Firearm Homicide-Suicides in North Carolina: Evidence from the North Carolina Violent Death Reporting System, 2004-2014
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Homicide-suicides are a patterned type of violence that is distinct from other suicides and other homicides. The evidence presented in this analysis suggests that compared to both homicides and suicides, homicide-suicides are less reflective of personal problems experienced by the perpetrator and more reflective of troubled and abusive relationships between the perpetrator and the victim(s). The evidence suggests that perpetrators become maximally violent when they have lost control of a relationship. The intense fixation on the victim suggests that these incidents may be primarily homicidal. The suicidal act may be less premeditated than the homicide, and may instead reflect the perpetrator’s complete loss of control and inability to function without their primary relationship. Homicide-suicides are often preceded by a history of domestic violence and interaction with law enforcement. Interactions with law enforcement and the court system present key opportunities for intervention in abusive relationships that might prevent escalation. With better screening and robust policies that empower law enforcement and the court system to confiscate firearms from abusive individuals, hundreds of deaths could be prevented over the next decade.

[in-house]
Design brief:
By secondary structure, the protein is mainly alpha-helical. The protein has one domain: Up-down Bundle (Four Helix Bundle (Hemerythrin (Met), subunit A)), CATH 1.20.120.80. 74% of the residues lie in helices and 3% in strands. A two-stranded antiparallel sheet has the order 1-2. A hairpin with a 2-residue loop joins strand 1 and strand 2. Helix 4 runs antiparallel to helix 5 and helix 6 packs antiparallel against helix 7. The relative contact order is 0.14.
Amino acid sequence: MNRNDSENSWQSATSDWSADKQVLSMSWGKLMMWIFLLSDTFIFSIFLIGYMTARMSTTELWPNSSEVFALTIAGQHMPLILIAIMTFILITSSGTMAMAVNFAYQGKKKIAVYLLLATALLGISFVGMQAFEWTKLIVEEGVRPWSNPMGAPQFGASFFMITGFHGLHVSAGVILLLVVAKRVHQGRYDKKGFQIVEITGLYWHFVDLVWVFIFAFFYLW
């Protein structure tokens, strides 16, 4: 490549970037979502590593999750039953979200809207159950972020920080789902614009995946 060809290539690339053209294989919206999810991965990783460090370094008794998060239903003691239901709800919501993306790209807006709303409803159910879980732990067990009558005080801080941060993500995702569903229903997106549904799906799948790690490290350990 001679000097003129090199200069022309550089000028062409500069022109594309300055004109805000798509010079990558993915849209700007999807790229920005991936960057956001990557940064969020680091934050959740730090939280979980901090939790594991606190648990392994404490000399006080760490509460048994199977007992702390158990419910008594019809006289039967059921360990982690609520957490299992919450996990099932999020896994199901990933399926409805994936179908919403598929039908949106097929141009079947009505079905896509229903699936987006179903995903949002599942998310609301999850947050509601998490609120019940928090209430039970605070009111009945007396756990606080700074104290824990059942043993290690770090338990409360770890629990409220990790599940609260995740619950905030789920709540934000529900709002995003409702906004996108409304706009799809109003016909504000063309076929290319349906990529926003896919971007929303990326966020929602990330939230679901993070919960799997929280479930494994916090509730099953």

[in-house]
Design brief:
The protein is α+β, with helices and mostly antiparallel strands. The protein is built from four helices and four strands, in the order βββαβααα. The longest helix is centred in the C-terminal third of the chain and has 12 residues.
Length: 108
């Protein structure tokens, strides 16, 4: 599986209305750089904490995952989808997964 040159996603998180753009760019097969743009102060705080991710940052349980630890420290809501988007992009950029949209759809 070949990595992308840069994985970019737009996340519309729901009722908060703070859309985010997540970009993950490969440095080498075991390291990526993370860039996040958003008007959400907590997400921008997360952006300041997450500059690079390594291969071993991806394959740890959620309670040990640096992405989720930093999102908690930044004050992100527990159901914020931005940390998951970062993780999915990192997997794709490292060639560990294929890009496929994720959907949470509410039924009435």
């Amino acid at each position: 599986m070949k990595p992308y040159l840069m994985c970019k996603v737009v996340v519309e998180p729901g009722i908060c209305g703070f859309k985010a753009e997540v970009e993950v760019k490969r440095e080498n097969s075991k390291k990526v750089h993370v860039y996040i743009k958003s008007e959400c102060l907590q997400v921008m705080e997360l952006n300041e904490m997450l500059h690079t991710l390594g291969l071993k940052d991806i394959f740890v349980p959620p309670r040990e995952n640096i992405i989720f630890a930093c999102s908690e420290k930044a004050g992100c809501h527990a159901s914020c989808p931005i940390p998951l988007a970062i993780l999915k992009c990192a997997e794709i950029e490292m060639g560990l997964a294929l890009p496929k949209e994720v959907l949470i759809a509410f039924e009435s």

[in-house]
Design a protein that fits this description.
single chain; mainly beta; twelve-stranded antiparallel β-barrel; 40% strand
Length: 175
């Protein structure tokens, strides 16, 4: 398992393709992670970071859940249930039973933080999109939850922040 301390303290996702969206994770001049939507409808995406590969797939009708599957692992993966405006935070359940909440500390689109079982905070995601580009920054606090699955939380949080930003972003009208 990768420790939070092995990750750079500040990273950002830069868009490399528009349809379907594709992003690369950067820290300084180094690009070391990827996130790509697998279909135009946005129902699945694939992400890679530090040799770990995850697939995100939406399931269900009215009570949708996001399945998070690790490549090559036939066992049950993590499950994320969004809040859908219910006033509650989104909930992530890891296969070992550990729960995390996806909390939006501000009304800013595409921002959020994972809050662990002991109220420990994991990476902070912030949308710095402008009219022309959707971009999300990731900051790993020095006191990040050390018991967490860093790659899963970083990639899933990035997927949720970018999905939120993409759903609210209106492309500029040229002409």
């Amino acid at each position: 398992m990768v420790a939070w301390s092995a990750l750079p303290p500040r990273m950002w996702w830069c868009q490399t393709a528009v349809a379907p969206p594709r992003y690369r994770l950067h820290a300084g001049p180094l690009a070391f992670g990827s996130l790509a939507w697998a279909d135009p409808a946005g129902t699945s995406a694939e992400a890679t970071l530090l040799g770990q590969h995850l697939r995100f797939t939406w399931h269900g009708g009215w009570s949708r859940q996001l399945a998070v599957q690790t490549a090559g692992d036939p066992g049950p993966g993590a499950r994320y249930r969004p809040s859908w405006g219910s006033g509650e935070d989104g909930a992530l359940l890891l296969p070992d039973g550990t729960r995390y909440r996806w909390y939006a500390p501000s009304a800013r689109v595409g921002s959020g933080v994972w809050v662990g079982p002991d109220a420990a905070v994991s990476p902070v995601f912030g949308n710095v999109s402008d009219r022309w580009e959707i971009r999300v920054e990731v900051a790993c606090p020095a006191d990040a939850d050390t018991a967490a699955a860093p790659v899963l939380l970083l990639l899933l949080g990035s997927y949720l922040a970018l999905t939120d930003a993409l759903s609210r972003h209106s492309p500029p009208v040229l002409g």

DepartmentThe Sanford School of Public Policy
CitationKerber, Rose (2016). Firearm Homicide-Suicides in North Carolina: Evidence from the North Carolina Violent Death Reporting System, 2004-2014. Master's project, Duke University. Retrieved from https://hdl.handle.net/10161/12036.
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Rights for Collection: Sanford School Master of Public Policy (MPP) Program Master’s Projects